Spread the mixture in the prepared pan to form an even layer. Bake for 20-30 minutes or until just set in the middle. A wooden skewer inserted should come out with a few moist crumbs on it. Don't over bake. leave to cool in the pan for 30 minutes before cutting into squares and serving.

Makes 16-20 brownies.

The other tip I would pass on is doing Sunday lunch. Sometimes it was the only time in the week I had the time to cook a proper family meal from scratch and it has the benefit of being very easy to do for lots of people so it can double up as your weekly entertainment - family, friends or quite often my children's friends. People of all ages seem to love it and it is no more work to cook for eight or ten than four if you do a roast lunch and the dishwasher can take the strain afterwards. Having the family and our friends around me made me feel like a 'normal' person at least once in the week and I found it did me as much good as anyone.

Getting Organized with Mind Maps

It is the CEO's job to simplify complexity and explain their vision to others so that everyone knows their role in delivering goals.  I have explored various tools to help me to do this better.

I have done quite a bit of work over the past few years with management consultants and one of them in particular drilled regularly that "structure sets you free".  I was dubious at first as I have never seen myself as a left brainer.  Instead my adult life has been punctuated by being a last minute junkie - pulling all nighters to write student essays to late night powerpoint sessions before pitches - old habits die hard.

He patiently taught me how to take big picture ideas and break them into their constituent parts so that you can easily organise and implement.  Consultants call this approach MECE (Mutually Exclusive, Collectively Exhaustive).  This has made a huge difference to my efficiency and also that of those who work with you.  One way to think about this is the well-worn phrase "You can't can't eat an elephant but you can eat an elephant sandwich". It is one of the most useful ideas to bear in mind if you want to maxmise work life balance and still be a high achiever.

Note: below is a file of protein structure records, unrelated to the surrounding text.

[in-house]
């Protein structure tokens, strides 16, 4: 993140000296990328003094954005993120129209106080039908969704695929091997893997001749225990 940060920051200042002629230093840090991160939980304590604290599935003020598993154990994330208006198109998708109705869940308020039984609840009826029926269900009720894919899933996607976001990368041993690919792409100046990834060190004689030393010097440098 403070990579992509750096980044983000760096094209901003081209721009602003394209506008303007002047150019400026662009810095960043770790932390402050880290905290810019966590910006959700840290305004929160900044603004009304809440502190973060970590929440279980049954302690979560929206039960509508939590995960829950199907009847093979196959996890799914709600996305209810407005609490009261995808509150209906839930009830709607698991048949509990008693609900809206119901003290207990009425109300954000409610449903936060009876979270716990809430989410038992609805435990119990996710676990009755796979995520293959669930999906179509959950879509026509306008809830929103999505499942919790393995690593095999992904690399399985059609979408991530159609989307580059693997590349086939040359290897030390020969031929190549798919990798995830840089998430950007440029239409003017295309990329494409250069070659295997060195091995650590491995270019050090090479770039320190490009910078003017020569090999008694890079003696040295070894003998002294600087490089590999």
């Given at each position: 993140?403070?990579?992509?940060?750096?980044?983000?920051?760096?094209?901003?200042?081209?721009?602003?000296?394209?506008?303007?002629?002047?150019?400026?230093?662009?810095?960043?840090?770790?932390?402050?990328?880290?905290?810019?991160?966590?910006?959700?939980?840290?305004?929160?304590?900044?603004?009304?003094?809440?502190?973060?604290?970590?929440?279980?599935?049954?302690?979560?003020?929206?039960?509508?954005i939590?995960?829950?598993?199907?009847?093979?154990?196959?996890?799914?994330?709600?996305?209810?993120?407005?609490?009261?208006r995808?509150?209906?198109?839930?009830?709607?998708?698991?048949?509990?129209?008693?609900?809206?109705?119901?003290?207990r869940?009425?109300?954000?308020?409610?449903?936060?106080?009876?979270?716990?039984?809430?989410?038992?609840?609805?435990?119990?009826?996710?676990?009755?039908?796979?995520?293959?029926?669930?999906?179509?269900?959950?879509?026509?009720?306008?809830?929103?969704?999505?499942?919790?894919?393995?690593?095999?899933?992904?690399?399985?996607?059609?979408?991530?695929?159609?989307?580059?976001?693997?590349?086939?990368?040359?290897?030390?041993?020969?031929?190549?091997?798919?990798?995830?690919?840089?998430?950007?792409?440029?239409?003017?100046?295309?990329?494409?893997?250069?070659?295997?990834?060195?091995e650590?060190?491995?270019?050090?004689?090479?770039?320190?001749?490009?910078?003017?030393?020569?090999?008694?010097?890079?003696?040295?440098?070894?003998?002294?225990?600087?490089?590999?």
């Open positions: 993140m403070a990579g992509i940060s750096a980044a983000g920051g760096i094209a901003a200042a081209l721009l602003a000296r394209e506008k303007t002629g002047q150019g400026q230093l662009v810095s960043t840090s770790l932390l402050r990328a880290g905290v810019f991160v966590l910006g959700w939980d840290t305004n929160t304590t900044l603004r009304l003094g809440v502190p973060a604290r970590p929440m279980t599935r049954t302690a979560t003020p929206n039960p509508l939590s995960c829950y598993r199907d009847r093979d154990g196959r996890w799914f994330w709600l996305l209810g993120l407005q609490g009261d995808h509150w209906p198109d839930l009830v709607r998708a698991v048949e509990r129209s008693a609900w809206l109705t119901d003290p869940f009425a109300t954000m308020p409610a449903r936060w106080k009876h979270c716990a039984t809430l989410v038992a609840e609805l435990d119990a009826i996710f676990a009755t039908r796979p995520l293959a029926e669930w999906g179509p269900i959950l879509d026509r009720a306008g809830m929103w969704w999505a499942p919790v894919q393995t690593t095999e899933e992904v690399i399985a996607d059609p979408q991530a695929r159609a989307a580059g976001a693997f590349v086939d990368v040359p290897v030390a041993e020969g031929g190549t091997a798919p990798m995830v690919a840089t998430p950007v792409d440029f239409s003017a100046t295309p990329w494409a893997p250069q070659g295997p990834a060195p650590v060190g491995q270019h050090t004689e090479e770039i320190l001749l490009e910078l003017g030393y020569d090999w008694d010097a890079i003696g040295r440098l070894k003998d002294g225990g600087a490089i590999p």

Taking this into my daily life I have found mind maps invaluable. I started with a wonderful book called "mind mapping in a week" written by the king of mind mapping Tony Buzan and a pack of coloured pens. This got me rather odd looks from people but captured my imagination. Then I discovered mind mapping software and I was away.

Now I have an Ipad and use Mind Jet - their Ipad app is my standby. It is completely intuitive, and can be used across multiple platforms. I can't recommend it highly enough. If you like variety I have also used Visual Mind which is a good version for teams to use.  I have complete confidence that I can create anything on a page from the most complicated three year business plan to a shopping list.

I think mind mapping is paritcularly suited to women. It is accepted that women multi-task better than men - recently tested interestingly and proved to be true.  Multi-tasking  involves linking sub tasks together to get a job done in the shortest time possible which is the idea behind mind-mapping.   This makes mind-mapping very natural and easy - almost relaxing. There is something extremely satisfying about making sure you've captured each step you need to achieve a major goal - rather like the satisfaction you can get from a really clean pile of washing and ironing.